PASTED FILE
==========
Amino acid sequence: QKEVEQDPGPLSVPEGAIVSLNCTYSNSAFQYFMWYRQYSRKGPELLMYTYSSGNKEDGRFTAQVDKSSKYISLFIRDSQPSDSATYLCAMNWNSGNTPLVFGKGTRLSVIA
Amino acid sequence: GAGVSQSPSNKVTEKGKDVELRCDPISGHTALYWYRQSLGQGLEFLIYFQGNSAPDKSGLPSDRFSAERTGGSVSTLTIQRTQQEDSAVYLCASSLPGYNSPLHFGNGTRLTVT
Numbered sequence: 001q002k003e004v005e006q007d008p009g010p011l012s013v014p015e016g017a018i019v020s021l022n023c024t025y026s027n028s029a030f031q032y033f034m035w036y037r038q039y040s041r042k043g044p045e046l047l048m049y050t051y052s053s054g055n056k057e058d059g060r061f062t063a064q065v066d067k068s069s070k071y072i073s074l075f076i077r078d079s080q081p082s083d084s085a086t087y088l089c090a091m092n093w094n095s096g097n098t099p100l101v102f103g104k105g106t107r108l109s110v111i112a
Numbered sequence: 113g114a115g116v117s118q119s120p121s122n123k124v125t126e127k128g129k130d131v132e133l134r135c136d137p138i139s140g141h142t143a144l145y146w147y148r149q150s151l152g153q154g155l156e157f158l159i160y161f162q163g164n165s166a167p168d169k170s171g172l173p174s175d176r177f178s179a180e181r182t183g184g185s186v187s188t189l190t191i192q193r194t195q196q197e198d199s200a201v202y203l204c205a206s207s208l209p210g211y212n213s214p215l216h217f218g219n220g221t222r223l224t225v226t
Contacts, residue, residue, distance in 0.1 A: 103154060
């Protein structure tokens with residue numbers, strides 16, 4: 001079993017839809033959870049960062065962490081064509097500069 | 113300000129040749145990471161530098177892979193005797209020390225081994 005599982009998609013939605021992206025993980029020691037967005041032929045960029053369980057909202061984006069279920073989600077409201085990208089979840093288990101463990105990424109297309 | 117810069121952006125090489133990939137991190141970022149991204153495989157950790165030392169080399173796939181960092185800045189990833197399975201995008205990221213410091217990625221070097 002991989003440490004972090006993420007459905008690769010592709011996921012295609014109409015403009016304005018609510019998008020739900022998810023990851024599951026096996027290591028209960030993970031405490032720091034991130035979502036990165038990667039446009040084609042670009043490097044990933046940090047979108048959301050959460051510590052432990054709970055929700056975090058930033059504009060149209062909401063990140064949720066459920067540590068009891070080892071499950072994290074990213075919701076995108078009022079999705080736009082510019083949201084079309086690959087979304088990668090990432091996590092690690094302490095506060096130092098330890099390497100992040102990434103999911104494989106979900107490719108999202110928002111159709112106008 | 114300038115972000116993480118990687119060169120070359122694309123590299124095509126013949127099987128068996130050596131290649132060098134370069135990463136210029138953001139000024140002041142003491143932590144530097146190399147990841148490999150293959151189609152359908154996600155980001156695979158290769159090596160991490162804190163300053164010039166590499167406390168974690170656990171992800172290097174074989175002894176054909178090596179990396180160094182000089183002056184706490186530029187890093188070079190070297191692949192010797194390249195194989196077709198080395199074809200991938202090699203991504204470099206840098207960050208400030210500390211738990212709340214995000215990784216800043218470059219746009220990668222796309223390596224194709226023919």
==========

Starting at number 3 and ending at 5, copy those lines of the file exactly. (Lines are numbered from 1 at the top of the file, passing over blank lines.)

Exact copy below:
Numbered sequence: 001q002k003e004v005e006q007d008p009g010p011l012s013v014p015e016g017a018i019v020s021l022n023c024t025y026s027n028s029a030f031q032y033f034m035w036y037r038q039y040s041r042k043g044p045e046l047l048m049y050t051y052s053s054g055n056k057e058d059g060r061f062t063a064q065v066d067k068s069s070k071y072i073s074l075f076i077r078d079s080q081p082s083d084s085a086t087y088l089c090a091m092n093w094n095s096g097n098t099p100l101v102f103g104k105g106t107r108l109s110v111i112a
Numbered sequence: 113g114a115g116v117s118q119s120p121s122n123k124v125t126e127k128g129k130d131v132e133l134r135c136d137p138i139s140g141h142t143a144l145y146w147y148r149q150s151l152g153q154g155l156e157f158l159i160y161f162q163g164n165s166a167p168d169k170s171g172l173p174s175d176r177f178s179a180e181r182t183g184g185s186v187s188t189l190t191i192q193r194t195q196q197e198d199s200a201v202y203l204c205a206s207s208l209p210g211y212n213s214p215l216h217f218g219n220g221t222r223l224t225v226t
Contacts, residue, residue, distance in 0.1 A: 103154060